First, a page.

From the Newsletter: WW Teaching Fellow uses Video Technology to Teach Physics
During his first year of teaching physics, Matt Oney TF ’12, whose background was in biology and life science, had a lightbulb moment while watching the TV show MythBusters.
“I need to get my kids to start thinking in the way the MythBusters are thinking,” he said.
This epiphany led to the development of a project in which kids would use the video technology to learn about velocity. Using GoPro cameras Mr. Oney secured through a WW-Michigan State micro-grant, students would capture video of a moving object, and then use that video to calculate velocity. Students were able to pick their own subject for data collection. One group used the project to see if cars outside the school were speeding (some were).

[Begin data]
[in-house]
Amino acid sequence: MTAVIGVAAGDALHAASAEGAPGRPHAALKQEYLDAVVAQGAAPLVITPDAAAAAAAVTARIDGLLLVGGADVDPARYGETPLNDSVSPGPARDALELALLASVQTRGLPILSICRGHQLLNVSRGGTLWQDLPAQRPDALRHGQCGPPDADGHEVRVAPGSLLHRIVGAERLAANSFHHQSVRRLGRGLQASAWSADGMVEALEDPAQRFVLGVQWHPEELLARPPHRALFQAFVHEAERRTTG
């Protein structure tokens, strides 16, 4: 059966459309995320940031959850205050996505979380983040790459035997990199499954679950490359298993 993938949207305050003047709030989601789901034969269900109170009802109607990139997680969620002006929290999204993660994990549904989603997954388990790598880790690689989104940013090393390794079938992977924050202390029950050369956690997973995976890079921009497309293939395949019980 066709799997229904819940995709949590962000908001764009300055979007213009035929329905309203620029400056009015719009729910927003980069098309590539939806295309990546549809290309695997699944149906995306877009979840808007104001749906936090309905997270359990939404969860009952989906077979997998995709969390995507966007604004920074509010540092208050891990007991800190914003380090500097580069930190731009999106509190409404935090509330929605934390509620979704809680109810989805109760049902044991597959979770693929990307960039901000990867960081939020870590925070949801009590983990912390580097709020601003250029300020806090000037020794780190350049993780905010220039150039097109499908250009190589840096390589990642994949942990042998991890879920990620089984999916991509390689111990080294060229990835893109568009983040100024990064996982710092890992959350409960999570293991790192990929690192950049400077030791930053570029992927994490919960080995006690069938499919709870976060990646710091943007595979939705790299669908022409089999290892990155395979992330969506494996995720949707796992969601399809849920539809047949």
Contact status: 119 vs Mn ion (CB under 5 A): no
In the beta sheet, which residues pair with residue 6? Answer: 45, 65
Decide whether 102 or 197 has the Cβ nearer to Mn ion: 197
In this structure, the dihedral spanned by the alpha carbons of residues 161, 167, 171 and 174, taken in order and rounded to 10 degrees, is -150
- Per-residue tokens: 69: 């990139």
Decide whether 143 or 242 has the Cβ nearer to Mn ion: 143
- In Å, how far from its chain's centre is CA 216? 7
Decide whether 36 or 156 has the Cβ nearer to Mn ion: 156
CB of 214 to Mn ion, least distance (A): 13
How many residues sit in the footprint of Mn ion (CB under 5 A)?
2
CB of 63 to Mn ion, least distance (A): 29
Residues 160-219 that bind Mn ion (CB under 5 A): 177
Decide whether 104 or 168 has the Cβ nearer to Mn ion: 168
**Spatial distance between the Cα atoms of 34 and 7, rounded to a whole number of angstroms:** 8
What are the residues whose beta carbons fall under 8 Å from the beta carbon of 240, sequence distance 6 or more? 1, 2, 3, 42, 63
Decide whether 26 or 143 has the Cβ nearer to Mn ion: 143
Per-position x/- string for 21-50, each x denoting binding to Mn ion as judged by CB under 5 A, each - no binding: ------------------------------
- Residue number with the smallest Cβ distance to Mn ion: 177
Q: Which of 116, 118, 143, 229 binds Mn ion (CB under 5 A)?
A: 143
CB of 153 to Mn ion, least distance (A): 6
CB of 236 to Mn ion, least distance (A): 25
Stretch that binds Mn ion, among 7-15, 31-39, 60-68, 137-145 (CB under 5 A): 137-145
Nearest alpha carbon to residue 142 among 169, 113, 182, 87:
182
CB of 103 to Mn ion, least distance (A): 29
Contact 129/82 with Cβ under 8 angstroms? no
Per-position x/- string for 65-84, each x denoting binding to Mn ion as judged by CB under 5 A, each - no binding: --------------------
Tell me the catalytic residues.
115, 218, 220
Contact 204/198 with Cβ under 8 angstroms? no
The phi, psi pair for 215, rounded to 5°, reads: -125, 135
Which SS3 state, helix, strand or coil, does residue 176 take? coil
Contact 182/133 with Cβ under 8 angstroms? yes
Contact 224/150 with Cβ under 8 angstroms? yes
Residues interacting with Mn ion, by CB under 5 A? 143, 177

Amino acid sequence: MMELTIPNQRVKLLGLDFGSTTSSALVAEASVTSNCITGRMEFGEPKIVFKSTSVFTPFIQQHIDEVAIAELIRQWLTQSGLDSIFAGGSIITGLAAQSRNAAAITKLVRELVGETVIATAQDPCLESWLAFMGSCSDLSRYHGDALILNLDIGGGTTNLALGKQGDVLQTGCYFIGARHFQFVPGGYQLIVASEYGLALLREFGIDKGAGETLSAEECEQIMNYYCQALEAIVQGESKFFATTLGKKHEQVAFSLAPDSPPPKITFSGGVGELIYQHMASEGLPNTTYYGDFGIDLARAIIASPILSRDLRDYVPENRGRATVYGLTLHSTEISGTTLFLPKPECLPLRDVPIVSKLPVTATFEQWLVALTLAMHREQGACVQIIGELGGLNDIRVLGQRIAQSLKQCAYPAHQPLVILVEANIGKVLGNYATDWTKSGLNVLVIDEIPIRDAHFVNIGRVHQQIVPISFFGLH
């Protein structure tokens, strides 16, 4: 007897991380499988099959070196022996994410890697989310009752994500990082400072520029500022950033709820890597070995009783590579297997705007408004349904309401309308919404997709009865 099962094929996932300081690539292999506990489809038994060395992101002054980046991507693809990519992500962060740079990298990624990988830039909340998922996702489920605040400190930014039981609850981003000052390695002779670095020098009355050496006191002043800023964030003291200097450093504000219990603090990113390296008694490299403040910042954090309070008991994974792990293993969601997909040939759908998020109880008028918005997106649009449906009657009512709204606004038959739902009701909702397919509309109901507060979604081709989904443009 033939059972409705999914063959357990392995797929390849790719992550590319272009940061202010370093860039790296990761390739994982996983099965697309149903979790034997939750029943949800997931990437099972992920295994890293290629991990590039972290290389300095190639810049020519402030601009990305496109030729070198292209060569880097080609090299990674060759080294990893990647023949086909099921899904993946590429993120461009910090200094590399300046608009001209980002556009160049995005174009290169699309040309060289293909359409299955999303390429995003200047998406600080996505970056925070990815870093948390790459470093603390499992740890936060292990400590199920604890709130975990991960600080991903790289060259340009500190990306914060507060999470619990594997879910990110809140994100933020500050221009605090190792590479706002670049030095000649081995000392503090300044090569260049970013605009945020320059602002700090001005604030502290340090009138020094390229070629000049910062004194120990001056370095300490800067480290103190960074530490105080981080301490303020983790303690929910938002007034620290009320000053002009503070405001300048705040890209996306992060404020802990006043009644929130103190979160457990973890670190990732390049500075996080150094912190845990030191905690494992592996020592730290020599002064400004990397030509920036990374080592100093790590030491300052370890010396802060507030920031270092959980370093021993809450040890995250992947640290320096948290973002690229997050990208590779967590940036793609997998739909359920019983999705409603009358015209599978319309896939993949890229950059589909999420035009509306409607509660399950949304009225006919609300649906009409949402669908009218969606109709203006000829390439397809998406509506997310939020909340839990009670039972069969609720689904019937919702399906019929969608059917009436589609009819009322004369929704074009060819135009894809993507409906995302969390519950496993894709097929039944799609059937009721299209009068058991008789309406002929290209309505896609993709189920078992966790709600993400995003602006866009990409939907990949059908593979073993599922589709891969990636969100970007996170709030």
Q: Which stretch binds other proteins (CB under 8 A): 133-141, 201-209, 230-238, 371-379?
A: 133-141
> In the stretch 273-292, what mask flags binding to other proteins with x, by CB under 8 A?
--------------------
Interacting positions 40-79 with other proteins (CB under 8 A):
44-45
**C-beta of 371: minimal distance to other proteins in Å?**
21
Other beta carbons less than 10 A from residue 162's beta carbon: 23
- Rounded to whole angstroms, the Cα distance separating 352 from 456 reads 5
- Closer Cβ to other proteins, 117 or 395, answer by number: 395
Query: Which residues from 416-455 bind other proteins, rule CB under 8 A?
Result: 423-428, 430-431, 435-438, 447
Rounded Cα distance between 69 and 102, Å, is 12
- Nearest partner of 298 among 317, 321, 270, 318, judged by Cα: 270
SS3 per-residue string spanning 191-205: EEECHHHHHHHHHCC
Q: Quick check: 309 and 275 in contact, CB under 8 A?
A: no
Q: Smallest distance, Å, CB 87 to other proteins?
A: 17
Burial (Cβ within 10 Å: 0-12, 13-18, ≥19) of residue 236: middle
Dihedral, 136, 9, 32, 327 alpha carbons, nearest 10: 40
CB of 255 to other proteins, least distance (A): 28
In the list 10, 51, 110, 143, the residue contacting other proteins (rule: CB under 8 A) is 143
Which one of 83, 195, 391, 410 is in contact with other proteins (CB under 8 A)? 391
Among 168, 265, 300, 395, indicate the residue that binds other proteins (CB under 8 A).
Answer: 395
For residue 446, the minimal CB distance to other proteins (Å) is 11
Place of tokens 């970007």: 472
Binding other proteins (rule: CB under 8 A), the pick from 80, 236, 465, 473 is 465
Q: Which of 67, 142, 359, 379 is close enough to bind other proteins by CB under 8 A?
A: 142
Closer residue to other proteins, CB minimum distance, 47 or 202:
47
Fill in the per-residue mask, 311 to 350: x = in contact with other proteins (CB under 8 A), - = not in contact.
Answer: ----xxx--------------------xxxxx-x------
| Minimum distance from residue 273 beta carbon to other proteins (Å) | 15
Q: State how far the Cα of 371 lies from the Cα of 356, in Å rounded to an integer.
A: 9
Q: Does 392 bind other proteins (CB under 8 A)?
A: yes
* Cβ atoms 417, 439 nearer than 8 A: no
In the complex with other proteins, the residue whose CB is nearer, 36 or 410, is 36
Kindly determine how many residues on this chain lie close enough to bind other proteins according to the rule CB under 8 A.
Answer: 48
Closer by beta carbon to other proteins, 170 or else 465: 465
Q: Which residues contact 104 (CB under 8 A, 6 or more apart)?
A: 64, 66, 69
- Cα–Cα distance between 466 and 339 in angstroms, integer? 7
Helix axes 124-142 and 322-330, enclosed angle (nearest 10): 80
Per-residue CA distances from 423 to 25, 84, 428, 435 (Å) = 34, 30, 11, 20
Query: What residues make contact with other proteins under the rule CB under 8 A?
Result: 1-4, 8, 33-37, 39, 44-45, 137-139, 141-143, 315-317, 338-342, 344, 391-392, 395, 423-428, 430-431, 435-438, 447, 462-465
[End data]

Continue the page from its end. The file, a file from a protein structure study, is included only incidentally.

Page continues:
“I was looking for anything I could do to make my students more engaged with the lessons,” said Mr. Oney, who developed the project with the help of his WW mentor teacher Angie Kolonich. The pair presented the project this summer at the National Science Teachers Association conference. The project is now a manuscript which Mr. Oney and Ms. Kolonich will submit to a peer review journal.
Mr. Oney got his master’s degree from Michigan State University, where he said there was a great emphasis placed on creating engaging, inquiry-based curriculum. “I will be forever grateful to the WW program,” said Mr. Oney. “I know for a fact that when I entered the teaching profession straight out of the Woodrow Wilson program that I was better prepared for my first year of teaching than some of my colleagues.”
This story appeared in the fall/winter 2016 issue of Fellowship, the newsletter of the Woodrow Wilson Foundation. To see the full newsletter, click here.